Twitter hack exposes security flaws ahead of the 2020 election


Zatko also alleges Twitter hired foreign spies, citing claims from a U.S. government source that “one or more particular company employees were working on behalf of another particular foreign intelligence agency.”

Senate Intelligence Committee Chair Dick Durbin said the allegations raises “serious concerns” and vowed to investigate. “If these claims are accurate, they may show dangerous data privacy and security risks for Twitter users around the world,” the Illinois Democrat said in a statement.

No way to measure bots?

Along with allegations of lax security, the complaint echoes criticism from Elon Musk that the platform is overrun by bots, claiming that executives have no way of knowing what portion of accounts were fake. Musk earlier this year offered to buy Twitter for $44 billion, but withdrew his bid in July (A trial on whether he is required by law to complete the deal is scheduled for October.)

“[D]eliberate ignorance was the norm amongst the executive leadership team,” Zatko’s complaint claims, with the company being unable to even provide a maximum estimate for the total number of spam and bot accounts. The team responsible for site integrity didn’t know how to measure bots, was consumed with internal drama and had no incentive from the company to find a truthful number, he alleges.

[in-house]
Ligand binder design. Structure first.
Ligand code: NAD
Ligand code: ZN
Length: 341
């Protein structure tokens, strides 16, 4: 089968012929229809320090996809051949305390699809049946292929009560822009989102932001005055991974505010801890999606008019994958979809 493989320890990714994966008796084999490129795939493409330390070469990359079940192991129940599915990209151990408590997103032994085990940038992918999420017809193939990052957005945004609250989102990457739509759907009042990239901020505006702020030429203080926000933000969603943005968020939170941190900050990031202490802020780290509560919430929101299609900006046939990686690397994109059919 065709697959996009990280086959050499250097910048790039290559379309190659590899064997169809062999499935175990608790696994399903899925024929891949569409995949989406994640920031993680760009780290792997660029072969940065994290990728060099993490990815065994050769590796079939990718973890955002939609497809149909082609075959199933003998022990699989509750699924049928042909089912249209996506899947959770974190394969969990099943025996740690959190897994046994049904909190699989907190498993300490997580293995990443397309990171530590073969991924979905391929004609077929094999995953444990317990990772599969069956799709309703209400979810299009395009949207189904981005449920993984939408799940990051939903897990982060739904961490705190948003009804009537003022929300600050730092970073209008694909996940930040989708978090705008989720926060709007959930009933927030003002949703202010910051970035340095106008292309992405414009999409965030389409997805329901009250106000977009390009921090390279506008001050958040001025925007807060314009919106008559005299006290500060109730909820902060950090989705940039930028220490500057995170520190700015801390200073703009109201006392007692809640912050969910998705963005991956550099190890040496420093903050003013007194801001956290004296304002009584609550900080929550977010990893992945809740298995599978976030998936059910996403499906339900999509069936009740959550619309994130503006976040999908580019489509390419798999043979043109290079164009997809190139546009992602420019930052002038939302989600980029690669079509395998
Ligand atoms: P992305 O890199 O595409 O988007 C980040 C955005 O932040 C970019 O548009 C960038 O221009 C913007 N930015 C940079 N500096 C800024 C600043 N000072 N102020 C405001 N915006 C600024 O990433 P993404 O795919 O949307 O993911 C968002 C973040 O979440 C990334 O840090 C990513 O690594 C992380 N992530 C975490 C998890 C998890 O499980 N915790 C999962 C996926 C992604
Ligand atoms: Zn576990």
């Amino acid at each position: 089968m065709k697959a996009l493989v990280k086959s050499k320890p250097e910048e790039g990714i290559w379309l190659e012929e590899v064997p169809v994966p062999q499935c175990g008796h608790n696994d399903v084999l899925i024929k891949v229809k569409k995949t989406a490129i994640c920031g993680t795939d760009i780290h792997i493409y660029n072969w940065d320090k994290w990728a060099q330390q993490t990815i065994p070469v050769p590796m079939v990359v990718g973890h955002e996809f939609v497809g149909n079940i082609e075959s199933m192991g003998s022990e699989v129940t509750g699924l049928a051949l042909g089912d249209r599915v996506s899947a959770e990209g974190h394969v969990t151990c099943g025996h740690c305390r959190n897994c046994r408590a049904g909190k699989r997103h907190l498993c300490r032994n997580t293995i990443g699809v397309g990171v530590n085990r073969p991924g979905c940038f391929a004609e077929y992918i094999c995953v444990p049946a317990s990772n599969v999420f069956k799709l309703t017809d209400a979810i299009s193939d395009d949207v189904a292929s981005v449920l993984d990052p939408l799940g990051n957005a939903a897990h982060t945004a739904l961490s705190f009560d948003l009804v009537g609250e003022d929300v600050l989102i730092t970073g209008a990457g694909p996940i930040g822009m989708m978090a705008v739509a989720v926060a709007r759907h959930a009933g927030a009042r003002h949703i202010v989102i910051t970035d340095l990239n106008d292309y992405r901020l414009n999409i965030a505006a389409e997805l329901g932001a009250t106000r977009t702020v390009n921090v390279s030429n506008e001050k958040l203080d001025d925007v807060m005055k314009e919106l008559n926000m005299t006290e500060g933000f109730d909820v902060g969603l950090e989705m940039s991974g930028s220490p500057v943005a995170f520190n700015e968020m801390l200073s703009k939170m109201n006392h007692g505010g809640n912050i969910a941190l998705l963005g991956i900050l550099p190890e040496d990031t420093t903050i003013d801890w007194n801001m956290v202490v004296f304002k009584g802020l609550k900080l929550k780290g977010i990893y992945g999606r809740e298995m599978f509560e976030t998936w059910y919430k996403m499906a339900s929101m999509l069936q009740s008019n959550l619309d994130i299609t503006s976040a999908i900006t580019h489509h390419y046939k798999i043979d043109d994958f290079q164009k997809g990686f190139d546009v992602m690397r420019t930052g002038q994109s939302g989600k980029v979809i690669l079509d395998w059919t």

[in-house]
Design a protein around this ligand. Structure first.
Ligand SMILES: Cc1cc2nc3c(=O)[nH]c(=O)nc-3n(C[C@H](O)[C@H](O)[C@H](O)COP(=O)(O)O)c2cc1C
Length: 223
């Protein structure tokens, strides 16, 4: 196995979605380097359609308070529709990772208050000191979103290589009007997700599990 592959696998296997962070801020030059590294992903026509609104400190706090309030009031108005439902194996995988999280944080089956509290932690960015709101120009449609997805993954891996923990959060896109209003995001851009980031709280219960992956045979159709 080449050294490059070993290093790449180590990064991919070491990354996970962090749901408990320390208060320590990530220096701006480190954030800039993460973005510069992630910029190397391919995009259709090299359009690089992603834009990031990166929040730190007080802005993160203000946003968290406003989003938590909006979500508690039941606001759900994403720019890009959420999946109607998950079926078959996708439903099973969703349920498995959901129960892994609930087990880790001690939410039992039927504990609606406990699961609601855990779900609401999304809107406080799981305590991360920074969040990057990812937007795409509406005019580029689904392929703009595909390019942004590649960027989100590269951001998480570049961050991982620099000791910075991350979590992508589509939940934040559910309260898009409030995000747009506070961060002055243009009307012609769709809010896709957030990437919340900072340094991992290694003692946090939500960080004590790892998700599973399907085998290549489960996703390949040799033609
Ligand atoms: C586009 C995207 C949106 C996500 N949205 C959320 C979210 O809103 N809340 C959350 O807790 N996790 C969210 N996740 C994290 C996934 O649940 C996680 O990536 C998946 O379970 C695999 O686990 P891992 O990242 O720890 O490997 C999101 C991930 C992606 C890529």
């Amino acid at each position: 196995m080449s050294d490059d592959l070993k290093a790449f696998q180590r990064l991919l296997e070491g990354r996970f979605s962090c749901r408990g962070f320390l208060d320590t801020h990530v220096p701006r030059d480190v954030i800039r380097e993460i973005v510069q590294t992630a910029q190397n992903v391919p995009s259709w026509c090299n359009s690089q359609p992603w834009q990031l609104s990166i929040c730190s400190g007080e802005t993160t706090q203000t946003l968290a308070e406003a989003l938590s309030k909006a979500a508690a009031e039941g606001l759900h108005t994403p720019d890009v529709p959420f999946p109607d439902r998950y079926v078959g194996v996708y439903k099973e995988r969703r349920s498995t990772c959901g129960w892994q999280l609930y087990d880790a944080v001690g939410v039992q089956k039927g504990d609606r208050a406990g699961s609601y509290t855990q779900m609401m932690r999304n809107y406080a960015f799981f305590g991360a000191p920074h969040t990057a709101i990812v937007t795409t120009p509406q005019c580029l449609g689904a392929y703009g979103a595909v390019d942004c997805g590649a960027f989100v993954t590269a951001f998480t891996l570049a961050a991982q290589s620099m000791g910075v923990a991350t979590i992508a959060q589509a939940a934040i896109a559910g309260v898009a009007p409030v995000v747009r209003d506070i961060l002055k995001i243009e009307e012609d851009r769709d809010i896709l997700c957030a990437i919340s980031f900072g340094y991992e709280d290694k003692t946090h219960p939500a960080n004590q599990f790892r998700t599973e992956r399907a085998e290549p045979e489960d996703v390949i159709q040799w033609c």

Zatko claims that one internal verification method used by Twitter, but often disabled, foiled up to 12 million bots per month. In 2021, Twitter created a bonus structure under which employees could earn as much as $10 million for a short-term increase in monetizable daily active users, or mDAU, but no bonus for reducing spam on the platform, the complaint claims.

Twitter has long told regulators that fewer than 5% of its daily active users on the platform are bots. However, that claim is a lie, the complaint claims, because the mDAU metric is already designed to leave out bots and other spam accounts.

A spokesperson for the U.S. Senate’s intelligence committee, Rachel Cohen, said the committee has received the complaint and “is in the process of setting up a meeting to discuss the allegations in further detail. We take this matter seriously.”

CBS News’ Nikole Killion and the Associated Press contributed reporting.